This large quaking bog is actually quite dangerous to walk out on to, but is a lovely example of a very deep peat bog.
Now neglected common land, the bog has become wooded and overgrown, there are only a few farmers still using the rights of the common to graze. Rarely talked about but a significant bog nonetheless, at 6 metres deeps this is one of the deepest peat bogs around and must have taken millennia to form. It gets sightings of Marsh fritilary butterfly, although less so since the bog became more wooded. Other rarities have been sighted up on the bog such as Dromius linearis. And just down the road is the fascinatingly named Pigyn Shon-Nicholas
“Remnant areas of wet pasture have been protected. Cors Farlais is an old glacial pingo, a roughly circular peat-filled hollow with marshy vegetation, and drier dwarf shrub heath on the drier pingo rims.” Wider information about the local geology is available here
The stunning Gwenffrwd Dinas Nature Reserve is just 35 minutes from Llansadwrn, the wild and craggy hillsides are covered in heather and billberry and the river roars alongside you much of the way.
This is a gorgeous walk for fairly fit people, although the first section is easily accessed via boardwalk and is well worth an explore.
You can visit the cave that Twm Sion Cati hid out in in the 1500s. A highway man and conman of some repute, he stole from the rich but apparently didn’t pass it onto the poor.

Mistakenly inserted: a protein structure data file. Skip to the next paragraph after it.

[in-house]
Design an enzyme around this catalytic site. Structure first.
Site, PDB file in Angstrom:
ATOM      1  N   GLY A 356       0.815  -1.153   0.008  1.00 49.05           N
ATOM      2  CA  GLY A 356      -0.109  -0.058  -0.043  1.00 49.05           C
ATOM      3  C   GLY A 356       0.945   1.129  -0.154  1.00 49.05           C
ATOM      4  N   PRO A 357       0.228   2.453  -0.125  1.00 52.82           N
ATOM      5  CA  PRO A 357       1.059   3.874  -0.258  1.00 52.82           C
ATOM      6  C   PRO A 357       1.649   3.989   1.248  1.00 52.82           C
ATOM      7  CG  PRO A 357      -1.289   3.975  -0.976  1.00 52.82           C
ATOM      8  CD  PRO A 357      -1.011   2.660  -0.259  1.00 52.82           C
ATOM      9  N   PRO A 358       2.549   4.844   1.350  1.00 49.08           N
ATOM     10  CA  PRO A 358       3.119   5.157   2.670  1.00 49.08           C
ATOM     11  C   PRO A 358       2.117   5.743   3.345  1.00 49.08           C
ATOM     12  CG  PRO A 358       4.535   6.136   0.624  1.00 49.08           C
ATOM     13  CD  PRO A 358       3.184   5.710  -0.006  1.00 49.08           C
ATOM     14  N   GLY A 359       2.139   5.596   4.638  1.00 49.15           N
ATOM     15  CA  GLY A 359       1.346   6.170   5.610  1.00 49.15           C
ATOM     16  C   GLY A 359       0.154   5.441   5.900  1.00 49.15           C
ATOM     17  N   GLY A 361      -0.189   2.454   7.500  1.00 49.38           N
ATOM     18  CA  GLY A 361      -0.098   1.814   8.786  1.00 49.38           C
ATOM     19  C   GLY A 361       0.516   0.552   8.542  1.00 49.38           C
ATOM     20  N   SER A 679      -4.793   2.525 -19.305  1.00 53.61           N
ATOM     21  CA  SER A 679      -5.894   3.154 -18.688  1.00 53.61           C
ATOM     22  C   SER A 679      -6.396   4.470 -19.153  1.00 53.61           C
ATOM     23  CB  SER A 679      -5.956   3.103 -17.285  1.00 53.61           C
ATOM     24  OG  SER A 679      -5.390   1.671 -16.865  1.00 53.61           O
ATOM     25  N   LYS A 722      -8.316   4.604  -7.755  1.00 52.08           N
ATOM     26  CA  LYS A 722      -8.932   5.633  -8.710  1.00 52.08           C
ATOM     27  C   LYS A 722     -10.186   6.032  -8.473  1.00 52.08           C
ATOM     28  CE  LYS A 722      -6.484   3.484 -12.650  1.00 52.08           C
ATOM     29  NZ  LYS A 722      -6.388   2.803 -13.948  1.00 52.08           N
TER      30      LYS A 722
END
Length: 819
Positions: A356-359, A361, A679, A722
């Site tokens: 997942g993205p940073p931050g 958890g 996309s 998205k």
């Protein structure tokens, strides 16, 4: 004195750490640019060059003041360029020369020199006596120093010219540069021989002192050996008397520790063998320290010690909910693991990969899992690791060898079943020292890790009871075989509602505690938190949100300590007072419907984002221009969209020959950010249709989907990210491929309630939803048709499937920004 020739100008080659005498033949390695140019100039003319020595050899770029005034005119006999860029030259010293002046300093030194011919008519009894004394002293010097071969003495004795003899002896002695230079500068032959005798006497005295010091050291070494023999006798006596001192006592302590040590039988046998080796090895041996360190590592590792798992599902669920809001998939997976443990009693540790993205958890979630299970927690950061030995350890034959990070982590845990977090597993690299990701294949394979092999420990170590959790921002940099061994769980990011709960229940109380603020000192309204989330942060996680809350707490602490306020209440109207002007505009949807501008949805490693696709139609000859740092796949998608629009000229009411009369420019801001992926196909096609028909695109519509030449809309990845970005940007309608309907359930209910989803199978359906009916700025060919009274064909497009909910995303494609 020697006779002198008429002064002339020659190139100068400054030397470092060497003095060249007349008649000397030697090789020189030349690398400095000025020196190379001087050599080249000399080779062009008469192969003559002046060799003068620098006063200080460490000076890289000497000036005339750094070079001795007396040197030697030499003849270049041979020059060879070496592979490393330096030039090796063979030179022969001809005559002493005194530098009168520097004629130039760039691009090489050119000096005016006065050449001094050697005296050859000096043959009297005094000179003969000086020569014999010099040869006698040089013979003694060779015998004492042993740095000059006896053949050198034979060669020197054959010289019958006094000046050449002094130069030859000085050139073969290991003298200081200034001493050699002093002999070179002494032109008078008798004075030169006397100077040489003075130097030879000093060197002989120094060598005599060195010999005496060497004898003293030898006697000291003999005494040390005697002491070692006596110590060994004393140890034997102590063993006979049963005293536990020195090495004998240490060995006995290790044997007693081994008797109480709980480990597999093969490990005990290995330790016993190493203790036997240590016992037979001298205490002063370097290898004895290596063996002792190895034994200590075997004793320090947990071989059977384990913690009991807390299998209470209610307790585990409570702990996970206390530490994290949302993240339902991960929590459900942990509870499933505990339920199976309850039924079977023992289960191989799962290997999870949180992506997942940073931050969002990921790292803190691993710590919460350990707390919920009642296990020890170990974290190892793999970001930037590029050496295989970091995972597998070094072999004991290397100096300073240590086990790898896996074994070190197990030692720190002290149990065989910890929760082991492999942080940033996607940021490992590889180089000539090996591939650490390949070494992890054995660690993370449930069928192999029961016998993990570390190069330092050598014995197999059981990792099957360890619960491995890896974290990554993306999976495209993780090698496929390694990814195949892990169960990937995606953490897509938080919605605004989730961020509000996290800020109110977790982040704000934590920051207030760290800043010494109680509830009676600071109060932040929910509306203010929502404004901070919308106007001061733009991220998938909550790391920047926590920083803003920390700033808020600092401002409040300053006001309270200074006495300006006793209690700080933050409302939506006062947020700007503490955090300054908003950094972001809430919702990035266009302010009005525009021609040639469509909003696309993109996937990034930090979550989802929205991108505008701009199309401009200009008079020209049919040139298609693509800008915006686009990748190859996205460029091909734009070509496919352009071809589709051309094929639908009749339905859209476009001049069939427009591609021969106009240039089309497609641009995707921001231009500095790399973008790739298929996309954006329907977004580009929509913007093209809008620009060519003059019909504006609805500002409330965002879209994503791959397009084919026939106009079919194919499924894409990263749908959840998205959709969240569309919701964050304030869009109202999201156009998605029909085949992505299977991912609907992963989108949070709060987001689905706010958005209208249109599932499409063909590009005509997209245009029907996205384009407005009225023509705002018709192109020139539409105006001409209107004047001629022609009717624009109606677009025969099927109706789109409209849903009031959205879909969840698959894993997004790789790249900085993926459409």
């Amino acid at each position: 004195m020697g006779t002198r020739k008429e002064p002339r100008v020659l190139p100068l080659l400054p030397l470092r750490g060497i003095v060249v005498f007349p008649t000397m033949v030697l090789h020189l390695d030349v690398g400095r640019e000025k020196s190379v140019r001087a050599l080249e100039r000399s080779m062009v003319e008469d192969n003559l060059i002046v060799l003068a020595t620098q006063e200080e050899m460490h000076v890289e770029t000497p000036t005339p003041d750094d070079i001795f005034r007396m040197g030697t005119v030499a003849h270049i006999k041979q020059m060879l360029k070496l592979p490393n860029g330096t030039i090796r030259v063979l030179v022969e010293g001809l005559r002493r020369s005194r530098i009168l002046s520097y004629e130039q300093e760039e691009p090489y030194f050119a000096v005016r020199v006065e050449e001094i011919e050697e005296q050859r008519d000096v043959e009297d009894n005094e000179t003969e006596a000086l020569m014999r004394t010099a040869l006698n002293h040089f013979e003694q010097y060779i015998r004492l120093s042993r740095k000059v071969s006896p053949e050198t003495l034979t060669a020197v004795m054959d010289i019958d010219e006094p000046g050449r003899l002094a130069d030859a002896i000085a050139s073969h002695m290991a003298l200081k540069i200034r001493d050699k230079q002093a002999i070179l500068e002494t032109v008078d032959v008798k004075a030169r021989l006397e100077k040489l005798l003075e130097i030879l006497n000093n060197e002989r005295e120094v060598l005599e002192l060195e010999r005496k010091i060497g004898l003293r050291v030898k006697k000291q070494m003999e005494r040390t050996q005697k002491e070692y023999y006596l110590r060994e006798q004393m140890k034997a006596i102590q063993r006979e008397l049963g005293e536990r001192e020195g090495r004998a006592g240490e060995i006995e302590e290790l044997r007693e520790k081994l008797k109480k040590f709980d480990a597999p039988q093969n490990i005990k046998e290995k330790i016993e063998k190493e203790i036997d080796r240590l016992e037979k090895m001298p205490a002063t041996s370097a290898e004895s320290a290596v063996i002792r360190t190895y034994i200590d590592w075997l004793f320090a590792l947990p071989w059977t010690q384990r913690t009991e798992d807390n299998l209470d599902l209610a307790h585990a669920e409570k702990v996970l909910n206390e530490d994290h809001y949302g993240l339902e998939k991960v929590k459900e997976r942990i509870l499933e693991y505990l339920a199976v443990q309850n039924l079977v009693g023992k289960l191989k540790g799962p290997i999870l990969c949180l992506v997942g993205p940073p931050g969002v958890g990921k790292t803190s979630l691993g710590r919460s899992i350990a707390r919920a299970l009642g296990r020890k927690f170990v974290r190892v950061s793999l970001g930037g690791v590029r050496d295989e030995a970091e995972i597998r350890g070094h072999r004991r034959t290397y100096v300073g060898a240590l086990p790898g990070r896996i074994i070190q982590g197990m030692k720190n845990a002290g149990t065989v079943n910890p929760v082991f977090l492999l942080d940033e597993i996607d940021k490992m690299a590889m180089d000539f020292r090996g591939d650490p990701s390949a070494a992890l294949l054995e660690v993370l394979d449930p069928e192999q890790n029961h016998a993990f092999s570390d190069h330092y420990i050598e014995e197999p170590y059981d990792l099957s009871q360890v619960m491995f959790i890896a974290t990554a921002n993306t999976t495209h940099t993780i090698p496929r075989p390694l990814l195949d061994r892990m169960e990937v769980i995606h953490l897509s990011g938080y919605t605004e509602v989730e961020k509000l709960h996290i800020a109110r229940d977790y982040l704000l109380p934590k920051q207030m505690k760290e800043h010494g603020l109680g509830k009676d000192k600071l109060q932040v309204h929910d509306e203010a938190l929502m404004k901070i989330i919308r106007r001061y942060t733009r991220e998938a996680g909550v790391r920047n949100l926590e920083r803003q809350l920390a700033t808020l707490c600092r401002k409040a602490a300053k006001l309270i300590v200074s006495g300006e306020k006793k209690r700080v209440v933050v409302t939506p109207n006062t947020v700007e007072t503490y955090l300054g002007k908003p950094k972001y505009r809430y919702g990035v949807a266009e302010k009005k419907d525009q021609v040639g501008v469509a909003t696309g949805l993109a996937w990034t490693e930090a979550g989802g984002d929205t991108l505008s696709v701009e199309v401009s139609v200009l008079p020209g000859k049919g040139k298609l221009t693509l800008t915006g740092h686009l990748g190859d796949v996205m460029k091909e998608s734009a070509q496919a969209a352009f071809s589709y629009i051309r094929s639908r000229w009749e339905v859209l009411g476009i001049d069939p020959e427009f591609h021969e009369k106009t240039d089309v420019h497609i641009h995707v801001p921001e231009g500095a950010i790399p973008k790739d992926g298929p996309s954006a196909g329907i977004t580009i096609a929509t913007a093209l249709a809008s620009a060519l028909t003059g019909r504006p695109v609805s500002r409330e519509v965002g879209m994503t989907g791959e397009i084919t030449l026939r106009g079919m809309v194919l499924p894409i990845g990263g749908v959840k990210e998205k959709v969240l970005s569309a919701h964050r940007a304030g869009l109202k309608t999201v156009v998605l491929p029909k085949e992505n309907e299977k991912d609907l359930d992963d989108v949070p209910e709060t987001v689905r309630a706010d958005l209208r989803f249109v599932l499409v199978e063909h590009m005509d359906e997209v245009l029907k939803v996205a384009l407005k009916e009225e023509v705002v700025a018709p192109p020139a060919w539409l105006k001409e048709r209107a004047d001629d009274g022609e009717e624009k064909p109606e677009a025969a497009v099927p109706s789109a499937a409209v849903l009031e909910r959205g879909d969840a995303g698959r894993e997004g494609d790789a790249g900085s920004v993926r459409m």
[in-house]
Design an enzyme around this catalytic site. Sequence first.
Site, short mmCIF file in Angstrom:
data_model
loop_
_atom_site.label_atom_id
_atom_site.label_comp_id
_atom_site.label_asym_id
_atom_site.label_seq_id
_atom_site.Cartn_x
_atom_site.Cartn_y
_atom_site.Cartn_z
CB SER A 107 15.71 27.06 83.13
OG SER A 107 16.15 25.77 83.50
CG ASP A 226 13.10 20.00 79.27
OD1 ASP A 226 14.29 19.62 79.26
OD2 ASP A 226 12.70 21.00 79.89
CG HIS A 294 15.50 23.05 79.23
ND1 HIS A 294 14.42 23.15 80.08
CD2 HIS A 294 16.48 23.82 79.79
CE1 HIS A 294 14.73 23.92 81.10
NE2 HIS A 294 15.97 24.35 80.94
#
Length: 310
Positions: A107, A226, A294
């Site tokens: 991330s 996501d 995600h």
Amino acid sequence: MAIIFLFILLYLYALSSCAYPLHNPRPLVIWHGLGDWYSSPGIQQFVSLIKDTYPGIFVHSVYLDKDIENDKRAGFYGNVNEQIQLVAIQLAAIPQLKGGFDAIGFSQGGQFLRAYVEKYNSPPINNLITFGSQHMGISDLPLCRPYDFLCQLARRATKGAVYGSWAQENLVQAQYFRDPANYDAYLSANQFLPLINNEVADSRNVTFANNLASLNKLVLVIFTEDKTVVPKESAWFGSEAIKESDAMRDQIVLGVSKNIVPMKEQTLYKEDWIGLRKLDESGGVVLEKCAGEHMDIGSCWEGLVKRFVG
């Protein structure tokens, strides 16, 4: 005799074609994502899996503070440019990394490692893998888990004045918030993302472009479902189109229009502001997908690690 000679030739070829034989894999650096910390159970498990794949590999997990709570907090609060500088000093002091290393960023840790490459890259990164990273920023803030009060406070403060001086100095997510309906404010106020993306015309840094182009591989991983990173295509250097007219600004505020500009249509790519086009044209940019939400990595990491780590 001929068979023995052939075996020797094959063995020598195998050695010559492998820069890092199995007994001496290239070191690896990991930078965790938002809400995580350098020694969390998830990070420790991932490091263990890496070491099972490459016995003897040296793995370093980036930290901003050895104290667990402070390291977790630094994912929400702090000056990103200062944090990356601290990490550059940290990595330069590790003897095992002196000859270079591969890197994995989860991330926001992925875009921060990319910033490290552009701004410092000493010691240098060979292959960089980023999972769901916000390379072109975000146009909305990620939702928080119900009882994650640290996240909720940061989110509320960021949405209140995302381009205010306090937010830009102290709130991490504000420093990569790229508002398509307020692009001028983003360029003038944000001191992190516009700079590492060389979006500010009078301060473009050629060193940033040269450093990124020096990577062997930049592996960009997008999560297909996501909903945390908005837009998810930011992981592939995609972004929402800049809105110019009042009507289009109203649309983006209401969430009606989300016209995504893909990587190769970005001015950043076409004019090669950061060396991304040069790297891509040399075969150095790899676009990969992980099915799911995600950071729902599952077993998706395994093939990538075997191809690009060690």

Gelli Aur Country Park and Arboretum is a great family day out. After many years of closure the cafe and playground are open again as is the nature trail to the quarry.
The magnificent arboretum is also open again and you can walk round for £4.50 an adult which covers the cost of the tree surgery work.
The pretty town of Llandeilo is a 15 minute drive from Llansadwrn, or a short bus ride.
Full of independent shops, cafes, a Gin Haus, a chocolatier, beautiful buildings, a castle, stunning woods and parkland, this is a real treat for visitors.
There are a number of beautiful walks around Llandeilo, from the bridge you can walk up through the woods to the Wildlife Trusts Dinefwr Castle, or stroll around the National Trust estate enjoying the ancient parkland.
There is an annual jazz festival, regular live music at the Angel, a fantastic fireworks display and much more in this very bustly market town.
Managed by the local Wildlife Trust this little gem of a nature reserve are two lakes situated by the pretty village of Talley. Talley Lakes are a haven for wildlife.
Great Crested Grebes and Mute Swans regularly breed and Tufted Duck and Pochard visit. Goldeneye and Goosanders are also winter visitors. Scarce visitors have included Red-necked Grebe, Scaup, Smew, Whooper and Bewicks Swans as well as Flycatchers in the summer. The bird hide is great place to watch it all from.
The ancient abbey is also worth visiting.